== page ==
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Between Sun And Sea On Singapore's Sentosa Island

After breakfast, we steered clear of the macaque monkeys that had gathered on the patio in the hopes that hotel guests would share their croissants.
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For the second act of my trip to Singapore we opted to stay not in the city itself but rather on neighboring Sentosa, the city state's man-made resort island.

Here's why this was a great idea:

Coming off of the beaches of Batu Ferringhi and Langkawi, it made for an easy transition back into city life. We had two days before a long flight back to New York and it was nice to take advantage of a little more sun and swimming.

We stayed at the Shangri-La Sentosa, the island's only beachfront resort and, with 454 nicely appointed rooms and suites, a huge property. We started both days at the gigantic and all-around amazing breakfast buffet. With everything from Western classics like omelet stations and pancakes to congee, Indian roti canai, Japanese salted salmon and noodles. After breakfast, we steered clear of the macaque monkeys that had gathered on the patio in the hopes that hotel guests would share their croissants and went for a walk on Siloso beach. The result of a civic project the city that began in the 70s, the beach looks anything but man-made. The sand is fine and the water is much clearer than on your average city beach.


Elsewhere on Sentosa Island, there's ziplining, an alpine luge, two golf courses and a cable car offering a scenic commute to downtown Singapore. The Sentosa Monorail is yet another tourist friendly option for going back and forth: Unveiled in 2007, the $140 million monorail system arrives every three minutes in peak times and travels from terminus to terminus in a speedy eight minutes.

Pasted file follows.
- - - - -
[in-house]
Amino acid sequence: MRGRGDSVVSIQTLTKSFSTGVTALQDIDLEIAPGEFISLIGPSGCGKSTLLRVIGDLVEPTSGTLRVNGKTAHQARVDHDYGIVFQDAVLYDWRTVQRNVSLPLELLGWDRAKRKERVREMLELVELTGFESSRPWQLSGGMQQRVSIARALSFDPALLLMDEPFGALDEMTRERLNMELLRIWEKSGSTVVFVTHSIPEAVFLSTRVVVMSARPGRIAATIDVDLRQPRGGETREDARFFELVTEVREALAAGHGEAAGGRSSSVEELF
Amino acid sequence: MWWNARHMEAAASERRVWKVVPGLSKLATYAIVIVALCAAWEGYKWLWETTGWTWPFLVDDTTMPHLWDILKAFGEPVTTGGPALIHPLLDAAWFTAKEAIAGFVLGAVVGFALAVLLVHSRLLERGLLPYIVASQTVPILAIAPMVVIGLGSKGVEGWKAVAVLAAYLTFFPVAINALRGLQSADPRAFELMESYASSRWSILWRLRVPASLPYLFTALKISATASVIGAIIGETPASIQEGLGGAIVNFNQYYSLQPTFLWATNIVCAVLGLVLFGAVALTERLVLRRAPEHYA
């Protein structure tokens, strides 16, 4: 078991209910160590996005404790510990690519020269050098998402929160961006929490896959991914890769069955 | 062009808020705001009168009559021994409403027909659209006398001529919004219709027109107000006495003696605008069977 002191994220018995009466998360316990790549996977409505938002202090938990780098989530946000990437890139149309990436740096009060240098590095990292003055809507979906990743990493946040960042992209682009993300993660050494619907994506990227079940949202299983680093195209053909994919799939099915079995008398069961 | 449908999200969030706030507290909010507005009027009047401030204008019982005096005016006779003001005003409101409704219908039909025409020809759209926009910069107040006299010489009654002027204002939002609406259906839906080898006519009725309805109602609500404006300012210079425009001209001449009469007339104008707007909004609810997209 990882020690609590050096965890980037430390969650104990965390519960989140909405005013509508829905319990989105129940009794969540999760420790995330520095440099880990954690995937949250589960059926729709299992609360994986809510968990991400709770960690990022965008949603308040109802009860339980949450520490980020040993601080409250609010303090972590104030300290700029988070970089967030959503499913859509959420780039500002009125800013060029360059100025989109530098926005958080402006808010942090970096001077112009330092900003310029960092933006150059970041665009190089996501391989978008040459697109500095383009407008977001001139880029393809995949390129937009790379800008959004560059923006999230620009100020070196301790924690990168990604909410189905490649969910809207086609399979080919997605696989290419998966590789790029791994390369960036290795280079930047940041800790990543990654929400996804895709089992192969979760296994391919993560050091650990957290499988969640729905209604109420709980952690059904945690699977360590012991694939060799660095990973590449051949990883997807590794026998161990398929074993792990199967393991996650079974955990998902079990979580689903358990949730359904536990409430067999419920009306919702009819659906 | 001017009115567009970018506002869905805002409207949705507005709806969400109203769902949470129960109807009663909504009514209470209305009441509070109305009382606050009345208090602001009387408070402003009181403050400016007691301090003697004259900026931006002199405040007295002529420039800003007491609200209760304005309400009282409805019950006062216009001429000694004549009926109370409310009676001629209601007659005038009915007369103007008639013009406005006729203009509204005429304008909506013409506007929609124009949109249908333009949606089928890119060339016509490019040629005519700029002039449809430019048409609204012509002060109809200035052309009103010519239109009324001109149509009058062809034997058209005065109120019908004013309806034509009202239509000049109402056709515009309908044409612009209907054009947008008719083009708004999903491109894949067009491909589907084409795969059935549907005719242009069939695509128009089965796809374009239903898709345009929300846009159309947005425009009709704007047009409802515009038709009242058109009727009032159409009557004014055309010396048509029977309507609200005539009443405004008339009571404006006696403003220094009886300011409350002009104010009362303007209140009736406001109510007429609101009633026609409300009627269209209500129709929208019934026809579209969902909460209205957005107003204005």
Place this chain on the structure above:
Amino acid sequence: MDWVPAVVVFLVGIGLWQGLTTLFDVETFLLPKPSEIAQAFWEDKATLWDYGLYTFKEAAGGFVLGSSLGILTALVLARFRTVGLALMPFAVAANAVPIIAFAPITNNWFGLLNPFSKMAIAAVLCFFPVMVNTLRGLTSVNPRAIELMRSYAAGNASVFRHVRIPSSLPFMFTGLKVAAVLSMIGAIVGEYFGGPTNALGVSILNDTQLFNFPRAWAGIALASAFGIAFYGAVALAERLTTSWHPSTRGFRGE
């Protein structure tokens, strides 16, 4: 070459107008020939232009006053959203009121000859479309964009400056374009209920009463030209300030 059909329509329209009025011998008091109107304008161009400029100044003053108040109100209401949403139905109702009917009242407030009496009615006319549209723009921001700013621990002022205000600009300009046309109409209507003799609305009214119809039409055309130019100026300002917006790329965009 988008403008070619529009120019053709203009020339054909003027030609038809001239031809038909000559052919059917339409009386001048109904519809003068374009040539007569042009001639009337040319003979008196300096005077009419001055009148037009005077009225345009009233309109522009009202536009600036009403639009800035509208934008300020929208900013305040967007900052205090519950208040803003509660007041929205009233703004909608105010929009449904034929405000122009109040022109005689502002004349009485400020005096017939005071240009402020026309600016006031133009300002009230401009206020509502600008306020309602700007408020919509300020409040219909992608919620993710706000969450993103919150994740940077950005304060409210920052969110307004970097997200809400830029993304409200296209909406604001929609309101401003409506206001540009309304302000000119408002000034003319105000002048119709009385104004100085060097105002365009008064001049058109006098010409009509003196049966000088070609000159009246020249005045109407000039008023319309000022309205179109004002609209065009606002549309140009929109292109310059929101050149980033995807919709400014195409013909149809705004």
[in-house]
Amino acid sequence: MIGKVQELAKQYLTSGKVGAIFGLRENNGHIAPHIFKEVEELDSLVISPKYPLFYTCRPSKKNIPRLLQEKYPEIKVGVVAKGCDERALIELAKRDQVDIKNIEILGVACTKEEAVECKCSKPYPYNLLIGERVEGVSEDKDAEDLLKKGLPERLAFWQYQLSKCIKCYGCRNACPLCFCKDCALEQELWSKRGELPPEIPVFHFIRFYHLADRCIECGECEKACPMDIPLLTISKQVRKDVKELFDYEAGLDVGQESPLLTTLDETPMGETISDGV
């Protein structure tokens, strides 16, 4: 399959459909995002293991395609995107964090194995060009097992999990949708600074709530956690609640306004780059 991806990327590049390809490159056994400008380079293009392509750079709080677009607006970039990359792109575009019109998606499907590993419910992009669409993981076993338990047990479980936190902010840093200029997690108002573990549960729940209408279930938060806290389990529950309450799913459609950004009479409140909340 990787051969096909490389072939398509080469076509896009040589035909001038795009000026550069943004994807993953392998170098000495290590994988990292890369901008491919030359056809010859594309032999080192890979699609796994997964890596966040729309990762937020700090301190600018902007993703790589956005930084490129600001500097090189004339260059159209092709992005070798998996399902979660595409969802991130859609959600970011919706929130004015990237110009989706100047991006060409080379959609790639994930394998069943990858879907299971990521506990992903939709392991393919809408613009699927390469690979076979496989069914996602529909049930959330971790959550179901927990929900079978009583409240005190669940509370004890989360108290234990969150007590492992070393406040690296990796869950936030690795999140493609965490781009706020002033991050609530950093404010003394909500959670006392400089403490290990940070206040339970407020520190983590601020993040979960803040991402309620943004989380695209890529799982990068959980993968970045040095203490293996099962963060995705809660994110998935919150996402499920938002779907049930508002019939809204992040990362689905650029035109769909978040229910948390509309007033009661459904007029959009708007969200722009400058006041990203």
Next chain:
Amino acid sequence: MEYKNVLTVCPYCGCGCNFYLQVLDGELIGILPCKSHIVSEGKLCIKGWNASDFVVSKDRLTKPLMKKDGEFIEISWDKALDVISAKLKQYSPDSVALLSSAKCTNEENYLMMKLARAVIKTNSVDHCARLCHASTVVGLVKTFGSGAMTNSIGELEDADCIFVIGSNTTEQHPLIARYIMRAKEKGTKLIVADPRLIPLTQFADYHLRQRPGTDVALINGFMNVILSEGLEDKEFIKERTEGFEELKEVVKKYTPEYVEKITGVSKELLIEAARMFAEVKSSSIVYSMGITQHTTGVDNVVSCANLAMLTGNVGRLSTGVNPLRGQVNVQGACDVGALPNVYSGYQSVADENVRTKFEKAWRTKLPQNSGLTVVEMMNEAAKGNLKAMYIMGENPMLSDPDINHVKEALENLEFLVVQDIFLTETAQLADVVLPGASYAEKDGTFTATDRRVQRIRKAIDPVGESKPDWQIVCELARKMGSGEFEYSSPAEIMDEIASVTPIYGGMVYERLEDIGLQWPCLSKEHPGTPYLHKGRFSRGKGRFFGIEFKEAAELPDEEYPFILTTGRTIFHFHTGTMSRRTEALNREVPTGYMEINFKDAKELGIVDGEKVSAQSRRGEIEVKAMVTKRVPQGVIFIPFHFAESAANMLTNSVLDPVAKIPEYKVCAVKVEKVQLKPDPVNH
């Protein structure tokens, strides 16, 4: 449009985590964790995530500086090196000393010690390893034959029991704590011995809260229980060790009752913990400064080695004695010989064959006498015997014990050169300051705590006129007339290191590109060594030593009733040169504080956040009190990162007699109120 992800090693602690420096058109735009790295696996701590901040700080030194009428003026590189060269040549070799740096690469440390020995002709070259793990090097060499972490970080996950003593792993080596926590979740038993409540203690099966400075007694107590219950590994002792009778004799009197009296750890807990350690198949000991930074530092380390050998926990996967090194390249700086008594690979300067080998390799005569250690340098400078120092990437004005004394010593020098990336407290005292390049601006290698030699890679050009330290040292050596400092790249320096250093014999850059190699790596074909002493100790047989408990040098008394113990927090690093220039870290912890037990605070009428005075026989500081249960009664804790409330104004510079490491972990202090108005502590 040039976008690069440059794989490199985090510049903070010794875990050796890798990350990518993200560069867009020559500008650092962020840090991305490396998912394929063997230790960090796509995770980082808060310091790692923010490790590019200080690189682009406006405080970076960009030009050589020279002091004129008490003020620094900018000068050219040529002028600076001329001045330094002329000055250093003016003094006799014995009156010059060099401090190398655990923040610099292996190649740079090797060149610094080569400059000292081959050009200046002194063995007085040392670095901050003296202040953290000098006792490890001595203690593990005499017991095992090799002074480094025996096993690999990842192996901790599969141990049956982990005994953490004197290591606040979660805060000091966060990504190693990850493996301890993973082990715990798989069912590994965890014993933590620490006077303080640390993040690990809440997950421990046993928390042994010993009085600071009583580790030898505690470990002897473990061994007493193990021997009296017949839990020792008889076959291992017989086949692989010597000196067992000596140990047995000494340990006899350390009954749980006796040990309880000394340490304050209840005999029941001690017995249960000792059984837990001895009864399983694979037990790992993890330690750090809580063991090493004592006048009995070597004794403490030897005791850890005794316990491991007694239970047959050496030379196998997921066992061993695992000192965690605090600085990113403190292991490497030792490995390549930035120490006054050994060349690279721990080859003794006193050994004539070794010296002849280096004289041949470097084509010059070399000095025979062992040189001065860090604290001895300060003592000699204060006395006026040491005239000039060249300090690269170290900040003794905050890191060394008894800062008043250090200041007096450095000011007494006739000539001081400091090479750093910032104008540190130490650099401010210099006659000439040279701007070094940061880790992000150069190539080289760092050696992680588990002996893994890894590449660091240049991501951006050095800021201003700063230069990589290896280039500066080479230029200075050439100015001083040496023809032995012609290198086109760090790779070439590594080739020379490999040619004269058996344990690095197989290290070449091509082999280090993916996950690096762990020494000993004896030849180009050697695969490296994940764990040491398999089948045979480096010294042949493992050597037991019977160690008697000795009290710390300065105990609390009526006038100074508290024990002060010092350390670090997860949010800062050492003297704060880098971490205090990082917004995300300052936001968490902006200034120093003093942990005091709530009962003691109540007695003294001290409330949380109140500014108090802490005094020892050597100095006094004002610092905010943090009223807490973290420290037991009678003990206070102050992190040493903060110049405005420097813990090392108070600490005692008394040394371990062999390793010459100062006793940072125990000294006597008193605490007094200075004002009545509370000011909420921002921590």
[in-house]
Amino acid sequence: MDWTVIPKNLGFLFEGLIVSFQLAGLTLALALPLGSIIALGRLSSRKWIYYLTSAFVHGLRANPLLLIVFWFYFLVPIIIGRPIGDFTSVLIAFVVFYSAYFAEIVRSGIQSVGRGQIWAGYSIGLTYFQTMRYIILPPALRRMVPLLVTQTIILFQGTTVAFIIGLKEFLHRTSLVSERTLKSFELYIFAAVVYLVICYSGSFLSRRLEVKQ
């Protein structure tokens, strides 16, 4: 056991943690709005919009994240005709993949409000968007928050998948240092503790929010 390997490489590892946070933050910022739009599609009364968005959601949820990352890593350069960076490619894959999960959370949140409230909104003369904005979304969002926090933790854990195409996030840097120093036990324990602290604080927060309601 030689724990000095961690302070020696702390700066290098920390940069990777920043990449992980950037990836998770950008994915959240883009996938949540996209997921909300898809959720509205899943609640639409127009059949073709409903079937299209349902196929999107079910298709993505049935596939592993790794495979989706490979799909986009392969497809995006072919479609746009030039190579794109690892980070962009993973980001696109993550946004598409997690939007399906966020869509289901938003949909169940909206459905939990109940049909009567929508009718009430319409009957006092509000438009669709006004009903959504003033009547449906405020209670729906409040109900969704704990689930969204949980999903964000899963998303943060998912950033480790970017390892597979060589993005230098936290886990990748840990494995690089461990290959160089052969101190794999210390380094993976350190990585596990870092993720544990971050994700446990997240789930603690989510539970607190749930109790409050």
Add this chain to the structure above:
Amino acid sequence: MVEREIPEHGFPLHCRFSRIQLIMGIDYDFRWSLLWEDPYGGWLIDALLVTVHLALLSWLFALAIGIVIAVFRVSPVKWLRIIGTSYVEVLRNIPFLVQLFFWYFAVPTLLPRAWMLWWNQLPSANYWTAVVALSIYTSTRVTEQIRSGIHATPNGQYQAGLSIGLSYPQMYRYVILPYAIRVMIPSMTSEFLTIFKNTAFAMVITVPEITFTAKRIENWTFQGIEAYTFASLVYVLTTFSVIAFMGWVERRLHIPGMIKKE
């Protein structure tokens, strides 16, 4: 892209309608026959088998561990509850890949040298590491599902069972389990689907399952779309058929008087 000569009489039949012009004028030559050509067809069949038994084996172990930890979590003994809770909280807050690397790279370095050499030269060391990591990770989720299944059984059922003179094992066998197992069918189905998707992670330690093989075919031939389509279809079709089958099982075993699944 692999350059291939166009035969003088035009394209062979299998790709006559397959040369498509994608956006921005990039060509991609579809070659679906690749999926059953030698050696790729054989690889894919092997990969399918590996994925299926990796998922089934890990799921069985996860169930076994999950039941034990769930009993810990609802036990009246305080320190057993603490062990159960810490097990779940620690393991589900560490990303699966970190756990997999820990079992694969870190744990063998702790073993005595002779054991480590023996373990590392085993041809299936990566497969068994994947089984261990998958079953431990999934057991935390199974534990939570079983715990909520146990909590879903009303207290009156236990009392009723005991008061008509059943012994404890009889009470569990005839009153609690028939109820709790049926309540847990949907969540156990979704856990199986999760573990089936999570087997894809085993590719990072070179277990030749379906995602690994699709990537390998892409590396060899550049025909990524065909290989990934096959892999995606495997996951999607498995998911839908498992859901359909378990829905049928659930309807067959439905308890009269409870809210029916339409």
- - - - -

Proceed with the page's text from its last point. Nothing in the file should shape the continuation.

Opting for a longer route, we boarded a shuttle into town and spent most of the day in the markets and stalls of Chinatown. Antique shophouses in baroque and Victorian "painted lady" style evidence the neighborhood's long history--documentation has shown the area to be a locus of Chinese immigrants as early as 1330 and was well-established at the time of Singapore's founding in 1819. We bought tea to bring back for friends and some simple tops crafted from bright silks. Browsing in curiosity shop-like apothecaries, we looked at herbal poultices designed to treat overheating of the body and marveled over the sharkfins and deer antlers that would be ground to make powders and pills. We stopped at a sidewalk cafe to try "carrot cake", a local favorite that's nothing like the American version, but a stir-fried savory dish with daikon radish, egg and chicken.

As the sun set, we headed back to our island paradise, to sleep in a room overlooking the ocean before setting out for one last day in Singapore...